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Will Robots Make Good Caregivers?

An EU-funded program, called the GiraffPlus Project, uses robotics to help elderly people who want to remain at home. The GiraffPlus robot is part of a system that includes environmental and physiological sensors, which feed back information about the inhabitants' movements and health. A recent Pew Research poll revealed that 65% of respondents thought it would be a change for the worse if lifelike robots become the primary caregivers for the elderly and people in poor health.

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Will Self-Driven Cars Improve Road Safety?

Using autonomous technology, Google has also been testing its self-driven robotic cars near the company's Silicon Valley headquarters. The vehicles are equipped with navigation software, like Google Maps, and other sensors to avoid obstacles and unexpected events. The cars' technology also features a laser radar system and a laser-based range finder that enables detailed 3D maps of surroundings.

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Will 'Lab Food' Change The Way We Eat?

In an effort to alleviate food shortages and leave a lighter footprint, some biotechnology startups have begun developing alternative food products. Hampton Creek Foods, for example, has received $30 million in funding to create a plant-based substitute for eggs. Beyond Meat, another biotech food producer, heats, cools, and pressures plant protein from soy and peas so that it resembles meat tissue. In 2013, similarly, a hamburger was made from cow muscle grown in a lab — at a cost of $325,000.

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Will ‘Contact-Lens Computing’ Become Mainstream Within Five Years?

A recent report from Skyscanner, a UK-based metasearch site, predicts that ”Wearable technology will evolve from the recently launched Google Glass to a mobile device so small that it will fit onto a contact lens and can provide immediate translations, breaking down language barriers.” Dr. Ian Yeoman, associate professor of Tourism Futures at Victoria University of Wellington, similarly said: “Within five years, everything that Google Glass can do now will be available on a contact lens.”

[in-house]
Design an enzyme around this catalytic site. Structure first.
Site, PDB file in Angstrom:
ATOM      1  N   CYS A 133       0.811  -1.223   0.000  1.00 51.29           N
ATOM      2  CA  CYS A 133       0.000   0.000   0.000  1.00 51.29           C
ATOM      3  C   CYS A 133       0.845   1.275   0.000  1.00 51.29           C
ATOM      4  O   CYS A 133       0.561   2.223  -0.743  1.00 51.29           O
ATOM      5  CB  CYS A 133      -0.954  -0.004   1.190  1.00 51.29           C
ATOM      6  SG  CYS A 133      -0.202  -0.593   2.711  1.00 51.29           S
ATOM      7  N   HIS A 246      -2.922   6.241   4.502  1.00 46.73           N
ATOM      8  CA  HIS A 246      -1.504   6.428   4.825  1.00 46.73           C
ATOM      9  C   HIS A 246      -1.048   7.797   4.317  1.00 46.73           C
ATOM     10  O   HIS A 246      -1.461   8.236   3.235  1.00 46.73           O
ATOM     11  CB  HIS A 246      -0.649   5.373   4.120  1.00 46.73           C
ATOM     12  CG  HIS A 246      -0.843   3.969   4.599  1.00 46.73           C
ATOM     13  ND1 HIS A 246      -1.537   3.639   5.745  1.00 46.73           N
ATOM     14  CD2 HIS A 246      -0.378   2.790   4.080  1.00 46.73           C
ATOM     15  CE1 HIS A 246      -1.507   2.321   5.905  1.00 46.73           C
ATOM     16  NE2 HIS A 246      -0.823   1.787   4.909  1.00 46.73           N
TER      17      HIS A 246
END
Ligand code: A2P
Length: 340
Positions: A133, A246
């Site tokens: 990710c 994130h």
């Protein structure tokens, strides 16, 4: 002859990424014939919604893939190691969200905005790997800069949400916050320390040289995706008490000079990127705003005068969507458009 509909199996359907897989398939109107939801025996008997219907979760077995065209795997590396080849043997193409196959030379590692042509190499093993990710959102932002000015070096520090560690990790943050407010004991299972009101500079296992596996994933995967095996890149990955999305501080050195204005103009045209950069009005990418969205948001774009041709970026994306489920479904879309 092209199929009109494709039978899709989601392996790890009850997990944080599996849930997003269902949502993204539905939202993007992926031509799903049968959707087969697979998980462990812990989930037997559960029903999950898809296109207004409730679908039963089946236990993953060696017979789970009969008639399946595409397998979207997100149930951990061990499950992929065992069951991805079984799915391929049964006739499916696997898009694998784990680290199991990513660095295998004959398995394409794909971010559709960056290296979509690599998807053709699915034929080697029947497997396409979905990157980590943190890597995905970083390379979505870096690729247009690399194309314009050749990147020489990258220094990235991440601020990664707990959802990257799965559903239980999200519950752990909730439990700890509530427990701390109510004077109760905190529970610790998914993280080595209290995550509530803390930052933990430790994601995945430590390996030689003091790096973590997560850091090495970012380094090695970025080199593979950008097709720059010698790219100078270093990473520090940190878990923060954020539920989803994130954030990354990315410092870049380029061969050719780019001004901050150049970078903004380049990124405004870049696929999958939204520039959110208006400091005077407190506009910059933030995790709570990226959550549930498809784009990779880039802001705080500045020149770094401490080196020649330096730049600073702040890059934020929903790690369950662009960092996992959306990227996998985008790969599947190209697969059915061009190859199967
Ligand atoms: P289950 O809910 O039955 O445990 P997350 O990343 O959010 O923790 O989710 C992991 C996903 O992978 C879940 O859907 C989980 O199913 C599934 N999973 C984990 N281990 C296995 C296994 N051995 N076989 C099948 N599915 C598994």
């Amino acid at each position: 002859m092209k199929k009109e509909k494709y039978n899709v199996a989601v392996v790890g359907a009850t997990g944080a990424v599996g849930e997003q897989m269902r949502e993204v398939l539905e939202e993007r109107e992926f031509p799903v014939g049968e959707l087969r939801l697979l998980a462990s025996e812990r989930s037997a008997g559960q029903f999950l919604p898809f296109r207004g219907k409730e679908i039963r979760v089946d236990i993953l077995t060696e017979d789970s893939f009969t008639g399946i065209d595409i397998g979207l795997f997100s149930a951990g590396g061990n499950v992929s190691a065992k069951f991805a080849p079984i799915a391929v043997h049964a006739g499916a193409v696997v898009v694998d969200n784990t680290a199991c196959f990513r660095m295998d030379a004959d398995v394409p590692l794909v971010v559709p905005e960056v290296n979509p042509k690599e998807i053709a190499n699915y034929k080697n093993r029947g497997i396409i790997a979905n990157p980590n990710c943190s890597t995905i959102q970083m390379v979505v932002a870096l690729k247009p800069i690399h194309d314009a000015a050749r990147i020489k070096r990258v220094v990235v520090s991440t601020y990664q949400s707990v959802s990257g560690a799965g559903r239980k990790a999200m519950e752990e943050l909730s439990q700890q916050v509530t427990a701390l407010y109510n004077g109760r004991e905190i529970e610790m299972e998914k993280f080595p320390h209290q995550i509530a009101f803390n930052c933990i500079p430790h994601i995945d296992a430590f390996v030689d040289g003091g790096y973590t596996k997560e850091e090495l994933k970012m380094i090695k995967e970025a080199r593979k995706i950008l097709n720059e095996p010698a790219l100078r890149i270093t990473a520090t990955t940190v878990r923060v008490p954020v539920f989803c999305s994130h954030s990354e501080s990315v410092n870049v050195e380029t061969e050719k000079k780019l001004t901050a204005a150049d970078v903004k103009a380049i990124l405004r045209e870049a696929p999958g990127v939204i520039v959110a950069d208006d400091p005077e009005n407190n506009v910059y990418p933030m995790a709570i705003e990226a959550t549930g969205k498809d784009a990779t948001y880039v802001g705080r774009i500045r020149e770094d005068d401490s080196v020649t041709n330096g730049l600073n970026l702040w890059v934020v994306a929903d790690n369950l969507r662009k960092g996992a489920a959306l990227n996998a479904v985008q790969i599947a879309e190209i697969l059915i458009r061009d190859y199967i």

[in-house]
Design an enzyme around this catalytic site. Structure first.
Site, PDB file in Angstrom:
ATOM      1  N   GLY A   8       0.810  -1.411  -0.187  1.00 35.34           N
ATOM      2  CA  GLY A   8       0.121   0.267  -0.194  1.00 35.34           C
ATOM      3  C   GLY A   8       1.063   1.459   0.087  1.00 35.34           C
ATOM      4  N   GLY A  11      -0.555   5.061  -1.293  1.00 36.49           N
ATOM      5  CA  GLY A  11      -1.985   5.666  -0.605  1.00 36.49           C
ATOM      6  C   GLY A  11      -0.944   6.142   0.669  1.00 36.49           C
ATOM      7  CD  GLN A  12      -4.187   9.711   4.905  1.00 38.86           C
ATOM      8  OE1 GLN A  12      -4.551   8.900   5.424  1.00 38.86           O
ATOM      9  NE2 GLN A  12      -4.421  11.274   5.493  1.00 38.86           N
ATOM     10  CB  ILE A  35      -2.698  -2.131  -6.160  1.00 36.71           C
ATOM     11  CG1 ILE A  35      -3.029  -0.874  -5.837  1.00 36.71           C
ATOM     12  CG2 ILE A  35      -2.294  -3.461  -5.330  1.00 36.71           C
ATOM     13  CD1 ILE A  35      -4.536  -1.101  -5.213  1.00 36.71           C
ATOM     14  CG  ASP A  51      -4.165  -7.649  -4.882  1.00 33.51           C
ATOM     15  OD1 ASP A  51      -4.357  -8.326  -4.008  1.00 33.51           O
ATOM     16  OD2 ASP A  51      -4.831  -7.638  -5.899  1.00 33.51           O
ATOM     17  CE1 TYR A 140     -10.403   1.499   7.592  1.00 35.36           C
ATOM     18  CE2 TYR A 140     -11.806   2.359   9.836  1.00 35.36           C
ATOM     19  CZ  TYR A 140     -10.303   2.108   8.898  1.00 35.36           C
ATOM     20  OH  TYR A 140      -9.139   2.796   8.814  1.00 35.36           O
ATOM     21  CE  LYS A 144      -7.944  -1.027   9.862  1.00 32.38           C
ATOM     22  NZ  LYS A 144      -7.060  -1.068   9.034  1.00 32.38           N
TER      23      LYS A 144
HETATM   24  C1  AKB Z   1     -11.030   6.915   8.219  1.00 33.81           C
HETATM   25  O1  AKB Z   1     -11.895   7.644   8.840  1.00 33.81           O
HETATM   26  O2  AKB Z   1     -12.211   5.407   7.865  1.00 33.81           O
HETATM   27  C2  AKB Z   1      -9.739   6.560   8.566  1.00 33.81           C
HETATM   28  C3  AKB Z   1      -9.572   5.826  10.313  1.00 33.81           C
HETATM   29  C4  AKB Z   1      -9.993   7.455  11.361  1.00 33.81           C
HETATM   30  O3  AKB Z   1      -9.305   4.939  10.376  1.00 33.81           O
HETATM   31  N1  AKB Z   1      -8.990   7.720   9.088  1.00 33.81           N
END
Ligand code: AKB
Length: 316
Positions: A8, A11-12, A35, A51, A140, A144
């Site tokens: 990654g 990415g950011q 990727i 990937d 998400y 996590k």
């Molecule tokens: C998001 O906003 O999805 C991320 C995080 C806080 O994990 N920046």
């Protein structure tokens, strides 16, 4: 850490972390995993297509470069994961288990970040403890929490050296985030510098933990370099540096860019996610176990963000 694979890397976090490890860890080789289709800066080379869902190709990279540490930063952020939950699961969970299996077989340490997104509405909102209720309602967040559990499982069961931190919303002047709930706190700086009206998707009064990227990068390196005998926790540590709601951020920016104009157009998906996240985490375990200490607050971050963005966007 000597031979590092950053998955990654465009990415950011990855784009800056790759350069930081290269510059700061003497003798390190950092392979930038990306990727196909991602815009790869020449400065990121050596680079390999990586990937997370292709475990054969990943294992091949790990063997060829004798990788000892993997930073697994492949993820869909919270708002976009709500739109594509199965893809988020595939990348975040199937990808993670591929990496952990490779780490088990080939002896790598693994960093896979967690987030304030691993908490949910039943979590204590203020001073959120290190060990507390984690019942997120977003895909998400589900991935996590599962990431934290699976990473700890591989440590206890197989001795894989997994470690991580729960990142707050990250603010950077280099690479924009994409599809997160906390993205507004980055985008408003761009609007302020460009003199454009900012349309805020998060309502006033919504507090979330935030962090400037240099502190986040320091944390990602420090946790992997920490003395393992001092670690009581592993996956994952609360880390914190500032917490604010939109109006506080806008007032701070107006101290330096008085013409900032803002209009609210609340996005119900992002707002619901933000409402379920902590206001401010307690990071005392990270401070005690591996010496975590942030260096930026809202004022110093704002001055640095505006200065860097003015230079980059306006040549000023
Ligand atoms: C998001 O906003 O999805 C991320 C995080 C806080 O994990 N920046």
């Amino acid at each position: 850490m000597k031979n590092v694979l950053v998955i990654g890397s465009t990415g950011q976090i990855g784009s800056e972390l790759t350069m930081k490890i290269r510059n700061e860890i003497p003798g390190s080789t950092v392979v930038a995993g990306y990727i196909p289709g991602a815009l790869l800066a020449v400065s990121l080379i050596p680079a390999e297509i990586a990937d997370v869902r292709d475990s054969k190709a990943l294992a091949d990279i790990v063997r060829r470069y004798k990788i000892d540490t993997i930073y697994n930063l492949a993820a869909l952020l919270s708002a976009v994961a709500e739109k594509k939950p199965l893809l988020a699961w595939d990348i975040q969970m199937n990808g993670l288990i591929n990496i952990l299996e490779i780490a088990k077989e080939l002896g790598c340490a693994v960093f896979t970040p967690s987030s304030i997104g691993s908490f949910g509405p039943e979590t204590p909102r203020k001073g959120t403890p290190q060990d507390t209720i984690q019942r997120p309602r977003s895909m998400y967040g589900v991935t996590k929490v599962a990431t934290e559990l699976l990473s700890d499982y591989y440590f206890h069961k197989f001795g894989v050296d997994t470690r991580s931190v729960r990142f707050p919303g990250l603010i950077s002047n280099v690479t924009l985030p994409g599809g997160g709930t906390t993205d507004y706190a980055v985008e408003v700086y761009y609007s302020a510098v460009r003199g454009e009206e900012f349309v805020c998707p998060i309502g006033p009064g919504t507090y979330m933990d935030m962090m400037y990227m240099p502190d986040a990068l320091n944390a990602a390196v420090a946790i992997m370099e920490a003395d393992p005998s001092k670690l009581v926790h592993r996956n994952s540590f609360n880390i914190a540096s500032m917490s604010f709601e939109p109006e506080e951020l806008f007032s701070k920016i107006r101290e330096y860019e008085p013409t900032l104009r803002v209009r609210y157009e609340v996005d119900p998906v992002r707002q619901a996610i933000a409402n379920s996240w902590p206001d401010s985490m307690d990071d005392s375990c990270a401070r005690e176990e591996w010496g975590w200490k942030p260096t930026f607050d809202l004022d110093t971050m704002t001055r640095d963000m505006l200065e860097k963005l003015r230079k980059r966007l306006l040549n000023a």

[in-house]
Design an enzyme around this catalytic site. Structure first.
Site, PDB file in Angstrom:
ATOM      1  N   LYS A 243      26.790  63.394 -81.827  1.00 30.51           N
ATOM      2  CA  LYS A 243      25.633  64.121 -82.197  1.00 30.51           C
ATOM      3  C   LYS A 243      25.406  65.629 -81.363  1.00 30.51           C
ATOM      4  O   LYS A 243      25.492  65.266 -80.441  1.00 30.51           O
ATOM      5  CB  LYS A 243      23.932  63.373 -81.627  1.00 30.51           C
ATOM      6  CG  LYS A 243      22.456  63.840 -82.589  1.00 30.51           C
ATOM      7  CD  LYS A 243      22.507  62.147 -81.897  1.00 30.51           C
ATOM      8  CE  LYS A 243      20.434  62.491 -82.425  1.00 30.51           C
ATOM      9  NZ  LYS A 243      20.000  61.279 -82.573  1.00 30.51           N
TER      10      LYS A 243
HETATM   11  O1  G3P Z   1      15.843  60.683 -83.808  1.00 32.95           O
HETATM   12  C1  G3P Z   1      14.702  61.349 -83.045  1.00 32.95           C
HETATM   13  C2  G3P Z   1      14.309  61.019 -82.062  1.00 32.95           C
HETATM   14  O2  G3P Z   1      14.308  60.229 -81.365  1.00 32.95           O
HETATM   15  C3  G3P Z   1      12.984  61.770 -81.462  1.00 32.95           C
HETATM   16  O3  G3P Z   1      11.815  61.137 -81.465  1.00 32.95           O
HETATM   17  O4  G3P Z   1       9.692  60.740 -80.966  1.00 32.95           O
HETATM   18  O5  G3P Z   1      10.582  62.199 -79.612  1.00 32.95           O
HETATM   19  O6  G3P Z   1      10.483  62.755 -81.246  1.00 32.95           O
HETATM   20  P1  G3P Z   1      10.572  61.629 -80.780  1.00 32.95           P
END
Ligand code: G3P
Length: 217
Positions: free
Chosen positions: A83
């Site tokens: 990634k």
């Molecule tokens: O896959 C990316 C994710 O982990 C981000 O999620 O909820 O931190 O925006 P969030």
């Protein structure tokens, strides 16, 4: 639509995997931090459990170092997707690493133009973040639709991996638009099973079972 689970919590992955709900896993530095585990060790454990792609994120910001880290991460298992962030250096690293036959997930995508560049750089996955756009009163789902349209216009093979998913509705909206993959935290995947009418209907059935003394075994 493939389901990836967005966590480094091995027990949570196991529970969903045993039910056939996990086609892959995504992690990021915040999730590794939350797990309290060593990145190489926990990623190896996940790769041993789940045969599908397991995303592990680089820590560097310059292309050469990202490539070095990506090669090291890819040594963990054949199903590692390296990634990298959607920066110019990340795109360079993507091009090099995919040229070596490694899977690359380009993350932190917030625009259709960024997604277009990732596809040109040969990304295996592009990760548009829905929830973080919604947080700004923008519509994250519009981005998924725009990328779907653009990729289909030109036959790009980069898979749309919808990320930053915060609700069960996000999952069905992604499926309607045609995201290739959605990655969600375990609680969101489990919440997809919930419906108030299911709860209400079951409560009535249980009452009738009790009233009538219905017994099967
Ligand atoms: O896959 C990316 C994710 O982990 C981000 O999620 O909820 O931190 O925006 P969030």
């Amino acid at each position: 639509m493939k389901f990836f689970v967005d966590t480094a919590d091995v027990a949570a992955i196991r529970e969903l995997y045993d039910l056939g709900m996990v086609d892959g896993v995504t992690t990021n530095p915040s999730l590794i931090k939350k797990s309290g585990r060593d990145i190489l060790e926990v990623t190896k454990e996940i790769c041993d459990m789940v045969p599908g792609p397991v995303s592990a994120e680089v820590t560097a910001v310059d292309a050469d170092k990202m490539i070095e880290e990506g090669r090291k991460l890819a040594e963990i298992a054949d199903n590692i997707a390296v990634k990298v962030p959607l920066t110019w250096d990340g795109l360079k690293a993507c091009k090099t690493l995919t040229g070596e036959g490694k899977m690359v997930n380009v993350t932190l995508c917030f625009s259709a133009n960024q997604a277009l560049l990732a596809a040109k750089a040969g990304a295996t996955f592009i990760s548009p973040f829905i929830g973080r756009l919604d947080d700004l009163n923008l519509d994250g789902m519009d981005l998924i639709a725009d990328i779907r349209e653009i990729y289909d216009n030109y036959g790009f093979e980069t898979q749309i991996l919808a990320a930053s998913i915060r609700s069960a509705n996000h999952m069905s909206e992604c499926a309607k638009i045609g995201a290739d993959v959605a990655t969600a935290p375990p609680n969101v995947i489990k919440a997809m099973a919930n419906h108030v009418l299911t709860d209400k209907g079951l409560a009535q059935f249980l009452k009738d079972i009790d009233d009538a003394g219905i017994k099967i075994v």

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Will Jetpacks Take Flight?

The New Zealand-based Martin Aircraft Company has developed a commercially viable jetpack. The Martin Jetpack contains two cylinders with propulsion fans attached to a carbon-fiber frame. A strapped-in pilot uses two joysticks to control the wingless pack. The company aims to have the jetpack available for commercial flight sometime in 2014 if manned flight testing produces favorable results. Although the cost ($150,000) may be expensive for a personal vehicle, the Martin Jetpack could also be useful to emergency response and search-and-rescue teams.

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Will "Flying Cars" Become a Reality?

A Boston-based aerospace company Terrafugia announced last year that it began work on its TF-6, a four-seat hybrid electric car that can do vertical take-offs and landings. The vehicle has foldable wings, cruises at 100 miles per hour, fits inside a single-car garage, and drives at highway speeds. With the new prototype, Terrafugia believes that users can learn to operate the TF-X in just five hours. Users will have to learn how to interface with the vehicle; how to determine if it's safe to take off and land; and when to activate the vehicle's parachute system in the event of an emergency.

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In The Near Future, Will 3D Printers Be Used To Create Human Organs?

3D printers, an emerging technology, use computer-created digital models to produce a variety of objects, including toys, mechanical components, and even food. There is hope now, too, that 3D printers could someday create much-needed organs for transplants. Printing human organs is still years away, but many medical professionals are optimistic and see great promise with the technology. A major challenge will be the ability to create the material, which is biological in nature.

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